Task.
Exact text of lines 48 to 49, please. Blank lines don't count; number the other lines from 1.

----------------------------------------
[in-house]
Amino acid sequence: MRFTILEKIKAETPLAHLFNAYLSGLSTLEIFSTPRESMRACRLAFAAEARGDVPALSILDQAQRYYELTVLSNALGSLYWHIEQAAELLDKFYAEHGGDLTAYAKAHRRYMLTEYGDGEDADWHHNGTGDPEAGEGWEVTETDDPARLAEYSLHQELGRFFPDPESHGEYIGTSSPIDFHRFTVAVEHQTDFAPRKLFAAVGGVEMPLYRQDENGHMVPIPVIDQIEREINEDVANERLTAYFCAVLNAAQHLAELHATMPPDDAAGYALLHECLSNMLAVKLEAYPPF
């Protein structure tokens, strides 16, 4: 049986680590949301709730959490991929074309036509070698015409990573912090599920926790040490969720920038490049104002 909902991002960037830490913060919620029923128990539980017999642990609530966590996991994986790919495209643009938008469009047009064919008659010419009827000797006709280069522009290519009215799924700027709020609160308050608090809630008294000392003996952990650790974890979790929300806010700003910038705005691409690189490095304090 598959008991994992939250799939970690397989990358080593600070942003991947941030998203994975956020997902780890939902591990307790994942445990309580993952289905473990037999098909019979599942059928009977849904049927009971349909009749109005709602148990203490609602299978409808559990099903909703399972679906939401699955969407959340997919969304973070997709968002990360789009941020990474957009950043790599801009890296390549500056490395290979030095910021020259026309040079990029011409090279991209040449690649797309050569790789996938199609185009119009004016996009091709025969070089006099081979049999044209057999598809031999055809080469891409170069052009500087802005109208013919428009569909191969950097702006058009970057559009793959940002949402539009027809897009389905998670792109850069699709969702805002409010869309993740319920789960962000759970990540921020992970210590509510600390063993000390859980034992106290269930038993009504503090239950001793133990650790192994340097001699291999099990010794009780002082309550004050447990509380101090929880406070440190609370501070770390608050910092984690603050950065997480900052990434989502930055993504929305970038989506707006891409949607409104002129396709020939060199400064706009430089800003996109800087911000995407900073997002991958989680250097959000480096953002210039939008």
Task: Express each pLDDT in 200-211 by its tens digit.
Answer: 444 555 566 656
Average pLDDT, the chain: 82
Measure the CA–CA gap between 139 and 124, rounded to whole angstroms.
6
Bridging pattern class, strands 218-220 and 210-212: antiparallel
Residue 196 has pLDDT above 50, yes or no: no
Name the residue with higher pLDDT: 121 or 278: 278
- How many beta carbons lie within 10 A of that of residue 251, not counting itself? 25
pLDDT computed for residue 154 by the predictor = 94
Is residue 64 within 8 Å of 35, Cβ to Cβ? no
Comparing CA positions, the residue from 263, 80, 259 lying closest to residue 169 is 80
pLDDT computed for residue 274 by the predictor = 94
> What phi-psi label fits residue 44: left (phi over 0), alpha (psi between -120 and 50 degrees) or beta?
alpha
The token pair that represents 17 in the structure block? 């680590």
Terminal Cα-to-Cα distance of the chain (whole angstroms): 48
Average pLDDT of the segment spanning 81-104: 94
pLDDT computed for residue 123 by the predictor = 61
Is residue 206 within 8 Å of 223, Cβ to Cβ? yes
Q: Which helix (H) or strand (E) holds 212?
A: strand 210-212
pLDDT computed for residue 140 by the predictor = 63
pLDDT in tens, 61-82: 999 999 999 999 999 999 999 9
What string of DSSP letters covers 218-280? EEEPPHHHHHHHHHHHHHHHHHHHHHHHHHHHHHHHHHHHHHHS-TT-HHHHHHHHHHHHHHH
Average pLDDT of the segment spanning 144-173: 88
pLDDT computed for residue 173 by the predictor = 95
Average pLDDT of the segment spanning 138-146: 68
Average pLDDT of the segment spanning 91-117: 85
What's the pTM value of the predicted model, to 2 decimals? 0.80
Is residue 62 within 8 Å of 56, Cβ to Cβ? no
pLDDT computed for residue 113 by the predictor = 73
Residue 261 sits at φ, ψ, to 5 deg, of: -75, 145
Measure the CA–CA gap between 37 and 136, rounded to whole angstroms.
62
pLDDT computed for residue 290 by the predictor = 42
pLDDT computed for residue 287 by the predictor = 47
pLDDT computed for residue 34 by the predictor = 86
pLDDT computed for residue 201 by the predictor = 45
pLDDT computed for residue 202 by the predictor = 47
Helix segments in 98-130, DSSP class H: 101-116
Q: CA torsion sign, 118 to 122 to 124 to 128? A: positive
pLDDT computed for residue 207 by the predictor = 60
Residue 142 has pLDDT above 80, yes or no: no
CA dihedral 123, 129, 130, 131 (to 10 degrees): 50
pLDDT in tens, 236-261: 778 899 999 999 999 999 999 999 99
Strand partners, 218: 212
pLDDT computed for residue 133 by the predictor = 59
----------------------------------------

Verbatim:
CA dihedral 123, 129, 130, 131 (to 10 degrees): 50
pLDDT in tens, 236-261: 778 899 999 999 999 999 999 999 99